Harness the potential of Gen Z workforceby
In the wake of a testing 2020, businesses must play their part in rebuilding economies and providing jobs, seizing the opportunity to attract talented young people to a repurposed world of work. But how will they respond to the aspirations of the Gen Z workforce?
A good case can be made for saying that Gen Z are the unluckiest UK generation for 100 years. This was the view of Pete Ward, deputy CEO at Leadership Through Sport and Business, a key participant in two recent ACCA online events, which brought Gen Zs and employers together to gain mutual insights into aspirations and expectations around a workplace transformed beyond recognition by the advent of Covid.
“A decade of austerity, which saw public funding cut dramatically, had already had a major impact on Gen Zs, disproportionately affecting the most vulnerable and disadvantaged,” he pointed out in an introduction to the GenZsplaining event, which focused on the hopes of young people from non-traditional backgrounds. “However, despite this we are seeing incredible talent, optimism and grasping of opportunities from young people who want to change the world, while recognising the barriers to doing so.”
The aspirations of these 18-25 year-olds have been captured in the recently published ACCA and IFAC report Groundbreakers: Gen Z and the future of accountancy in the UK.
The report shows that 91% of the 9,000 respondents surveyed globally expected to update their capabilities continually to remain employable in the future; 81% said their peer group valued higher pay; 64% expected to have multiple careers in different disciplines in the future; 58% cited job security as a key concern; and 46% agree that long term career prospects are the key attraction factor for accountancy.
“Interestingly, data from this report showed that, globally, issues such as sustainability, climate change, inclusion and equality were tracking lower than mental health, personal well-being and job security. I think this shows the true impact and immediacy of the Covid-19 pandemic on this generation.” Jamie Lyon, Head of Business Management at ACCA said.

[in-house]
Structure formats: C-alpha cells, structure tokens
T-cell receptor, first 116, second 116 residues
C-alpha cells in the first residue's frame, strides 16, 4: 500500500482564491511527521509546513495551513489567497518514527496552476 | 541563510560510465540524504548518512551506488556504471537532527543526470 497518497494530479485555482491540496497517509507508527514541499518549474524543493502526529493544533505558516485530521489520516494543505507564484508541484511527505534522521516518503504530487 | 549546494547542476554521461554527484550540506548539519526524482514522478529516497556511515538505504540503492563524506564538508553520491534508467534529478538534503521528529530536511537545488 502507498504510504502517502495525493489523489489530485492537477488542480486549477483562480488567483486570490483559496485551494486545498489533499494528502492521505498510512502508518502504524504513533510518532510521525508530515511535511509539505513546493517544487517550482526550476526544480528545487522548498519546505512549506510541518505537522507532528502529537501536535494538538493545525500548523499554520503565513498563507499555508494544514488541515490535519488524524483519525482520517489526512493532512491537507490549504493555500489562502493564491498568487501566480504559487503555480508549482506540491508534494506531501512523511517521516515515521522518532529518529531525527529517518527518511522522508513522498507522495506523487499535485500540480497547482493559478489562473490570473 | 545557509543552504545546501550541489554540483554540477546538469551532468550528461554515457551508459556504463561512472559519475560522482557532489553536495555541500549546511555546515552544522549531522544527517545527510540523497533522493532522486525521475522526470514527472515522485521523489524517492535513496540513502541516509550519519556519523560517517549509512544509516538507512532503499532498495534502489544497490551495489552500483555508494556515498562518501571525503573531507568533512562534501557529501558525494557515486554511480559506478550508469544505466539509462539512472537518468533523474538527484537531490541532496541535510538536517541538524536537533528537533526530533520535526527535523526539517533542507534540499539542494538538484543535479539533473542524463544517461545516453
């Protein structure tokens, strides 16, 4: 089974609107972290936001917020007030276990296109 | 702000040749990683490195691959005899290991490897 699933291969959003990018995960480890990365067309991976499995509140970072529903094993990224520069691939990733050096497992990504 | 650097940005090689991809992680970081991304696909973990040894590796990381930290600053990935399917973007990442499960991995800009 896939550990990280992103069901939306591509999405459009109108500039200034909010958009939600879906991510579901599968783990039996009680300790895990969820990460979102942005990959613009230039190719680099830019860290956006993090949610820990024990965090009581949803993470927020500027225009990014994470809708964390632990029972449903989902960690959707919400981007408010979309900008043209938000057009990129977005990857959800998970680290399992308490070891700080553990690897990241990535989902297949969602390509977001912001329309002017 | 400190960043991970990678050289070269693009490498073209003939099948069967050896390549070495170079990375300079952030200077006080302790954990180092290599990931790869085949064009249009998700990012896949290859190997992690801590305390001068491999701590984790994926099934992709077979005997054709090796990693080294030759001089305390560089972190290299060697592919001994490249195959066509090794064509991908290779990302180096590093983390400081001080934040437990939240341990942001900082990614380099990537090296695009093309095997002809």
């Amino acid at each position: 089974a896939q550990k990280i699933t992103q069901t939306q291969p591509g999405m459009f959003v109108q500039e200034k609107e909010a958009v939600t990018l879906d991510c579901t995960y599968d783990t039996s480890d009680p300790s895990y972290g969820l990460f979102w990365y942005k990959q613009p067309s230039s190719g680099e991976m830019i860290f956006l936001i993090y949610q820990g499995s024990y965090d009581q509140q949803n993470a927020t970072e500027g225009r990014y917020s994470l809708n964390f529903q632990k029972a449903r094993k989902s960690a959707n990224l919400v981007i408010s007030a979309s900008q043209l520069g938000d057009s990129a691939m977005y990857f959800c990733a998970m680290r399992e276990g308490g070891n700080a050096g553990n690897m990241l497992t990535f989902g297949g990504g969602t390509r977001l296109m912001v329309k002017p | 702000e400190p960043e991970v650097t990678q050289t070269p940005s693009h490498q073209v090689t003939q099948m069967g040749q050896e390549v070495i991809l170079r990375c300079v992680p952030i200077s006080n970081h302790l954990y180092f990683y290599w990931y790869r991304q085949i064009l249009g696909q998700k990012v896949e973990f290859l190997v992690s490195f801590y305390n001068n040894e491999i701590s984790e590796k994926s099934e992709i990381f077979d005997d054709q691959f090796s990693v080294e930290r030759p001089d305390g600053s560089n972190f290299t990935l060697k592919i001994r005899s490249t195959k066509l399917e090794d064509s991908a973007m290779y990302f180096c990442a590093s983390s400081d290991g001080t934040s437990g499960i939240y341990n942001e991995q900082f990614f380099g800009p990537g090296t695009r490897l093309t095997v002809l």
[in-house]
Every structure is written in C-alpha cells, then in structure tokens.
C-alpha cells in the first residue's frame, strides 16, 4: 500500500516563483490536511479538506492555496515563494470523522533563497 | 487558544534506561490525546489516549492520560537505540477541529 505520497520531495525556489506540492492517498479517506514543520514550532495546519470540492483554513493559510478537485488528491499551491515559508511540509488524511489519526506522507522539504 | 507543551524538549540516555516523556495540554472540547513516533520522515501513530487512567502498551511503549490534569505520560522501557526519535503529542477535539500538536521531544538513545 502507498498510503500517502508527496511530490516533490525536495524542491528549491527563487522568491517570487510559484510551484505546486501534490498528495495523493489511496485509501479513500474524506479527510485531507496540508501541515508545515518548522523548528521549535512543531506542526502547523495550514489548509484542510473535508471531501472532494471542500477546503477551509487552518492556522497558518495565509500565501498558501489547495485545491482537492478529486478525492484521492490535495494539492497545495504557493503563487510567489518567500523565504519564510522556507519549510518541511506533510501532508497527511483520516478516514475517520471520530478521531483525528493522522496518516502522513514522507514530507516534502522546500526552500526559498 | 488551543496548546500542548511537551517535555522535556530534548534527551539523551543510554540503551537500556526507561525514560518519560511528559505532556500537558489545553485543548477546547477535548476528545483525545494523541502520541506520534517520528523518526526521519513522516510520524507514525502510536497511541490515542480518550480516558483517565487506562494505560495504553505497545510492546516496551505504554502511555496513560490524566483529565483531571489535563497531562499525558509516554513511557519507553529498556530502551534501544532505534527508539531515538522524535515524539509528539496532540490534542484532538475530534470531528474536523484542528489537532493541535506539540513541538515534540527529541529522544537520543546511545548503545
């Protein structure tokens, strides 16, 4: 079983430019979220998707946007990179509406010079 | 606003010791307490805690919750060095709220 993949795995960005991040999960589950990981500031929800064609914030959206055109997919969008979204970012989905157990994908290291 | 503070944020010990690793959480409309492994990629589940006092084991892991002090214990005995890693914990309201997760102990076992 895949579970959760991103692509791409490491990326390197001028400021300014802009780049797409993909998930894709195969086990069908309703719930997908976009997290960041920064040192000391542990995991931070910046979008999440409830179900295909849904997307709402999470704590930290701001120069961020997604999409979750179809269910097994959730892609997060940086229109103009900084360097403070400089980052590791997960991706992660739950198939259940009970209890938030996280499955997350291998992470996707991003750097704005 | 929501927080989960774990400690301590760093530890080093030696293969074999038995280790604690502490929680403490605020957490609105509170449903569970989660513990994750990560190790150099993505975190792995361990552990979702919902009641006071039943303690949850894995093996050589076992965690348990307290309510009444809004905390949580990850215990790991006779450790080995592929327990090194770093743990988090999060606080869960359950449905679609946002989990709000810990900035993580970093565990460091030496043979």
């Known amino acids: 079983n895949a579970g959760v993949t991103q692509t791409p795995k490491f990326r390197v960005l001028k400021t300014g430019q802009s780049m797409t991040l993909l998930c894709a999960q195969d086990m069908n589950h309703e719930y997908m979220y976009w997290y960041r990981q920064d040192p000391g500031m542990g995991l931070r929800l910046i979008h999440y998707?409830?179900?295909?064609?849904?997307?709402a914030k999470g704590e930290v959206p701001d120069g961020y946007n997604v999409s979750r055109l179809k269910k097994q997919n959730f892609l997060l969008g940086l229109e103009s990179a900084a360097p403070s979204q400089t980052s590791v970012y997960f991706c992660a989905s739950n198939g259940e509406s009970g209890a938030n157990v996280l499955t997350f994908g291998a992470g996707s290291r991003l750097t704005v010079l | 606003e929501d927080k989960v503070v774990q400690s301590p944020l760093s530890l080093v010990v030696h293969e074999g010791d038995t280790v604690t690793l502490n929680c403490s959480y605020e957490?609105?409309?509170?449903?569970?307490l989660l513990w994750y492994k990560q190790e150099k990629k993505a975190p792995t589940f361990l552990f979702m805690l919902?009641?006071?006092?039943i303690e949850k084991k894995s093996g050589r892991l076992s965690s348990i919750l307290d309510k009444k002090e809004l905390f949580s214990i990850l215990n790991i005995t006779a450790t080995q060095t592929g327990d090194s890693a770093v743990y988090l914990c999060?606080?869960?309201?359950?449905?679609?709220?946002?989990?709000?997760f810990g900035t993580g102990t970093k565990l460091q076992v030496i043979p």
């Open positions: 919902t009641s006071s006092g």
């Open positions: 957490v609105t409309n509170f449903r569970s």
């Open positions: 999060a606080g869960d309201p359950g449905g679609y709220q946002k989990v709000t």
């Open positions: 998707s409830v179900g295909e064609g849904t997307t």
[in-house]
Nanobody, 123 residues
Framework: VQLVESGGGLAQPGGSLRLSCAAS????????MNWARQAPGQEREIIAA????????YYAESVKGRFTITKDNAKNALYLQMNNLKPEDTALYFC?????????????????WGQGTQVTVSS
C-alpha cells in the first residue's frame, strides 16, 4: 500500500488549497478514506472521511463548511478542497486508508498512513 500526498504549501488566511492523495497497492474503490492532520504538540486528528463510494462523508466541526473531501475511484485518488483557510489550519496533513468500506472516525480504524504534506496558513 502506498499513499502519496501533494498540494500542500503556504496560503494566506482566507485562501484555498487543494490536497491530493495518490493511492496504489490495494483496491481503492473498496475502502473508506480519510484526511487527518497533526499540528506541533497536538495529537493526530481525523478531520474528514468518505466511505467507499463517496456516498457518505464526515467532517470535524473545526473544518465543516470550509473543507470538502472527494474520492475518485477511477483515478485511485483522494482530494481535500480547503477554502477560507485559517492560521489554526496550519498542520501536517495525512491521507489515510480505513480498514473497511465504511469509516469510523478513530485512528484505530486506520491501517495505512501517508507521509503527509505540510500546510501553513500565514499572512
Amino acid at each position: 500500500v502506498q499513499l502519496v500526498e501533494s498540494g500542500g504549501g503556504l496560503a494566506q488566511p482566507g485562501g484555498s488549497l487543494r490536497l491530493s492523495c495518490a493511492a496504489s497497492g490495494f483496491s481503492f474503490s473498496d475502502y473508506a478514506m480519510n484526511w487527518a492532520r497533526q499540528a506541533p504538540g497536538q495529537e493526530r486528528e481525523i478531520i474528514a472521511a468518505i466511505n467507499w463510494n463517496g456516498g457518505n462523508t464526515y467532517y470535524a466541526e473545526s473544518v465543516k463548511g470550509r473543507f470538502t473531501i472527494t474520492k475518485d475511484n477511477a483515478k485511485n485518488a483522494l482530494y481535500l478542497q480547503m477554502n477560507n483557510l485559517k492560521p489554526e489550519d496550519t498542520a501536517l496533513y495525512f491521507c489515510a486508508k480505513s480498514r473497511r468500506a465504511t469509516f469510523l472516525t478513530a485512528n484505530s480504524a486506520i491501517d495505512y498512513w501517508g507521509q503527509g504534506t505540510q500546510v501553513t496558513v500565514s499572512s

“However, sustainability did rank fourth among issues of high concern in the UK.” One young contributor pointed out that Gen Zs were always being told that the world was their oyster and that they’d grown up with a greater awareness of the need to protect that world.
GenZsplaining participants identified good communication between managers and themselves over work pressures and wellbeing as a key need, along with feeling welcome, being given the opportunity to put forward ideas both formally and informally, personal development and more diversity and ethnic representation - “people like ourselves.”
Employers talking to this group were keen to show their commitment to empowering new entrants, improving access to those at the top and helping them to understand their organisation’s road map for the future. They agreed that the ability for Gen Zs to do some tasks better and more quickly through a greater understanding of technology needed to be married with an understanding of the merits of experience.
All employers taking part in the online events recognised that digital know-how was key to creating competitive advantage and transforming businesses. With this in mind, they said they saw Gen Z candidates as potential technology ambassadors, prizing those who could bring their tech know-how to the organisation quickly, innovating and using technology to solve challenges differently and more efficiently.
They shared concerns about the risk of human relationships within the workplace suffering as remote working became the norm, citing the importance of their younger employees building the emotional resilience to help cope with the risks of increased isolation while accepting their own responsibility to find a way to make work engagements more personal.
Key advice from the employers included: “Don’t be afraid of sideway moves to broaden your experience; “take a holistic view of what your company does”; commit to your personal development - no-one can do it for you”; show ambition and drive; and “accept the fundamental truth that it is still so often who you know and not what you know and understand the importance of networking from the day you join your first company”.
These important messages from both young people and employers were reflected and expanded on in the Grilled: Gen Zs get inside the minds of employers get inside the minds of Gen Zs event.
“Gen Zs are looking for flatter company structures, a work life balance, fast progression and good renumeration,” Chengai Ruredzo, financial controller at Open Energy Market, observed.
“A lot of job candidates find themselves in large pools of peers - it’s very competitive out there. The trick is to separate yourself from the many by asking questions, demonstrating resourcefulness and setting up meetings with line managers and above so you can learn from them. Take time, pass exams, embrace training opportunities and learn about the different aspects of the business you work in. Success is built on a solid foundation!”
These expectations of Gen Zs came with the recognition that those employers who failed to recognise the need to invest in up and coming talent were not going to be best placed to fight the storm in the economy that everyone realised was brewing.
Read the full ACCA report: Attracting new generation talent